This step is critical in the process as it physically and practically defines the market area in which the subject property will likely compete. In turn this is the area with the potential demand for the services provided by the subject and its competitors. Too broad an area or too narrow a focus skews the resulting analysis by failing to properly identify the true competitive marketplace. For instance, retail trade areas are generally thought of as being a function of both time and distance and therefore convenience. This is less so with regard to residential properties where there are other important considerations. While there are some industry guidelines such as those promulgated by the Urban Land Institute, nothing is that concrete and the so-called standards must also be modified to incorporate existing competition and growth patterns for new households.
Step 3: Analyze Existing and Potential Demand:
While it is advisable to have several different sources to estimate demand for the subject property’s particular goods or services, each ultimately deals with the following steps:
- Forecast the Current Population in the Primary Market Area Now
- Estimate the Change in Population over the Projection Period
- Estimate the Average Household Size
- Estimate the Total Number of Housing Units Required in the Market Area
- Segment the Demand for Owners and Buyers
- Segment by Housing Type
- Segment by Ability to Pay
- Adjust for Frictional Vacancy
Step 4: Inventory and Forecast Competitive Supply:
This inventory process is conducted within the defined trade area in which the competitive process will take place. As in the case of the Demand data, there is a degree of impact felt from those properties with special location characteristics or those located at the edge of the forecast area. This process identifies the existing retail base, the planned and underway additions to supply and any proposed projects with a reasonable expectation of approval and completion.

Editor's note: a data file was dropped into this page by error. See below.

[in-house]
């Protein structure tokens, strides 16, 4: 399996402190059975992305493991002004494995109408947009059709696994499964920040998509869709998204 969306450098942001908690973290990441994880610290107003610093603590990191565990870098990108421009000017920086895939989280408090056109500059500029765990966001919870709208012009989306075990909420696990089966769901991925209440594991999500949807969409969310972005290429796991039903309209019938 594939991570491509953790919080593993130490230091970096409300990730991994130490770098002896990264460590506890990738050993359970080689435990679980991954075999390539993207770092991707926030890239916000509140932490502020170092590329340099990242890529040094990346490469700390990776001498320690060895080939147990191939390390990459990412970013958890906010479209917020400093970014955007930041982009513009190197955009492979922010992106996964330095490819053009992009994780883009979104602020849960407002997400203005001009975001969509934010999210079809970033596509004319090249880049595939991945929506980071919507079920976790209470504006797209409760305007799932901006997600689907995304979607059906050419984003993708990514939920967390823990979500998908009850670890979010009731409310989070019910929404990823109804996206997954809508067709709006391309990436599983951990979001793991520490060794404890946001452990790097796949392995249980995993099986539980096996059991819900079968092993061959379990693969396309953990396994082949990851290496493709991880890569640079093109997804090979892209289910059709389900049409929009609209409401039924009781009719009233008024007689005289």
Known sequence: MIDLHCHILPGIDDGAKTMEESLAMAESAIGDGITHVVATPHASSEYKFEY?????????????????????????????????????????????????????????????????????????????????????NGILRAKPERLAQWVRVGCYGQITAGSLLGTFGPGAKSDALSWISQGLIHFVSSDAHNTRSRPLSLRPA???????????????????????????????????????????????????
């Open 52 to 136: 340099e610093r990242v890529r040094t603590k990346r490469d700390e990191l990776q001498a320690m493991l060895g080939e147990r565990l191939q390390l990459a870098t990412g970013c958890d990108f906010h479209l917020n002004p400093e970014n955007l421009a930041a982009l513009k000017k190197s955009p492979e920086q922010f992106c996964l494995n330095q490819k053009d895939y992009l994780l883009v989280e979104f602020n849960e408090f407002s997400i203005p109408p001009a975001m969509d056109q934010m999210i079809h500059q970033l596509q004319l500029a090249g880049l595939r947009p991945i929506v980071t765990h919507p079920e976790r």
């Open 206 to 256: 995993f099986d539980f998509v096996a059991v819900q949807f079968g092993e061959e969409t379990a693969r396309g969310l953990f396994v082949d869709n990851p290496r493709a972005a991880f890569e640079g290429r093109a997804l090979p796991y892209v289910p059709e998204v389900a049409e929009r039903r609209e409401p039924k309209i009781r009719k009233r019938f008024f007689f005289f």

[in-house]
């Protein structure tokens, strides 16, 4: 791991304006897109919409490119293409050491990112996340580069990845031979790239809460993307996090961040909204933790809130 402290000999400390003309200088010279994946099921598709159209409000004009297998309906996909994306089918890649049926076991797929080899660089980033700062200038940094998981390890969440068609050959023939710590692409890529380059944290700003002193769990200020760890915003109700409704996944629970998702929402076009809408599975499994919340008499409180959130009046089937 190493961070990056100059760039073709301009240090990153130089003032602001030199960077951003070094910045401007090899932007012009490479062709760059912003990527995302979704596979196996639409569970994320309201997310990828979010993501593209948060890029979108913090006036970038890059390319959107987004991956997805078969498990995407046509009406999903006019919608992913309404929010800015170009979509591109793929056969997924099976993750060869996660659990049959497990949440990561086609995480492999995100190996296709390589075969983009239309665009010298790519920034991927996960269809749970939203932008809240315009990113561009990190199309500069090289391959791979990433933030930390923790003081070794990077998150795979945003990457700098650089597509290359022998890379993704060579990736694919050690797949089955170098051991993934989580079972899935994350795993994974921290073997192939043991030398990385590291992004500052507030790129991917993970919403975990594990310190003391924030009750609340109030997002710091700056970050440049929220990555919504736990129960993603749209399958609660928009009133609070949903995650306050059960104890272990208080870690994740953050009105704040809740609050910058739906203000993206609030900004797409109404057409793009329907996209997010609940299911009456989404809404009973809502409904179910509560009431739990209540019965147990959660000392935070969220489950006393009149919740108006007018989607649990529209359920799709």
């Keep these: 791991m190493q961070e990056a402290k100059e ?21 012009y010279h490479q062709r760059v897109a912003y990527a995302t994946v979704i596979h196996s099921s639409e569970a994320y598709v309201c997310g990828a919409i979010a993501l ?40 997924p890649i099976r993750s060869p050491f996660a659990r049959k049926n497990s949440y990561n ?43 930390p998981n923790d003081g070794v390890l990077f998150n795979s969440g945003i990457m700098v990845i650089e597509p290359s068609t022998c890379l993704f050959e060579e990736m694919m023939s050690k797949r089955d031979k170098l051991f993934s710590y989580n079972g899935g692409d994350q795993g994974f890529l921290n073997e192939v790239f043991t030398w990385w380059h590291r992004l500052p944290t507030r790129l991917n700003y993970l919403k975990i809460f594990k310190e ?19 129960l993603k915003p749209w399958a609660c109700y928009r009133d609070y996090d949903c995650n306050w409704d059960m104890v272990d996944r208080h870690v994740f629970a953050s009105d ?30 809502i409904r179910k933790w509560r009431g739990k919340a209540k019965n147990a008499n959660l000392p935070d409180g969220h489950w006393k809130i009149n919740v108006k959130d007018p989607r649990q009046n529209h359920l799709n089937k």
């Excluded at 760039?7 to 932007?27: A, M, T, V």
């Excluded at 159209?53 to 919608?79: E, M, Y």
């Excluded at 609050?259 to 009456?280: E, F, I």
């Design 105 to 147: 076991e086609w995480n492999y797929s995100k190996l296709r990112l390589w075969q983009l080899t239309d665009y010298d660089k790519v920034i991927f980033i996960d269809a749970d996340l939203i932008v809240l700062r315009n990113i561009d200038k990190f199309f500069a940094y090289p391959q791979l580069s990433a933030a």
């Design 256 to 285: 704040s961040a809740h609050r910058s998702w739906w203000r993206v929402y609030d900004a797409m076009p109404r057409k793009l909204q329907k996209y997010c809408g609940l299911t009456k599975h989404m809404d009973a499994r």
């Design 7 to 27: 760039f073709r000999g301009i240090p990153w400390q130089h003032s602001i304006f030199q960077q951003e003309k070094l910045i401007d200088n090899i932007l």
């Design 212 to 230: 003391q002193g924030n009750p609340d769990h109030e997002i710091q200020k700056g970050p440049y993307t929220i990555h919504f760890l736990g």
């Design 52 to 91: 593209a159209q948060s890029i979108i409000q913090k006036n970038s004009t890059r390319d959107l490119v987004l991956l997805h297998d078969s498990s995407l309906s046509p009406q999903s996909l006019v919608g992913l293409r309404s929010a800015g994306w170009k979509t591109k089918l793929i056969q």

Step 5: Analyze the Interaction of Supply and Demand:
This is often called the equilibrium step, where the balance of the market is measured. The market or markets in general are seldom at equilibrium; that is where supply and demand is balanced. This step will identify any unmet demand in the defined market area, or alternatively the amount of oversupply and the time required to absorb the oversupplied space.
Step 6: Forecast the Subject Capture
Based in large part on the analysis of the subject property’s rating of competitive advantages and disadvantages an estimate of the range of capture can be made. This is an attempt to recognize that each location and each property within a location are all competing for housing sales and they seldom compete on equal footing. Obviously there are a myriad of reasons why one property can be more efficient than another in capture, and the bottom line usually relates to location, price, amenities, travel time and access to work, shopping, schools and conveniences. Each of these items can become a tradeoff for the preferred property characteristics.
Call Me for a free consultation and allow me to assess your appraisal needs.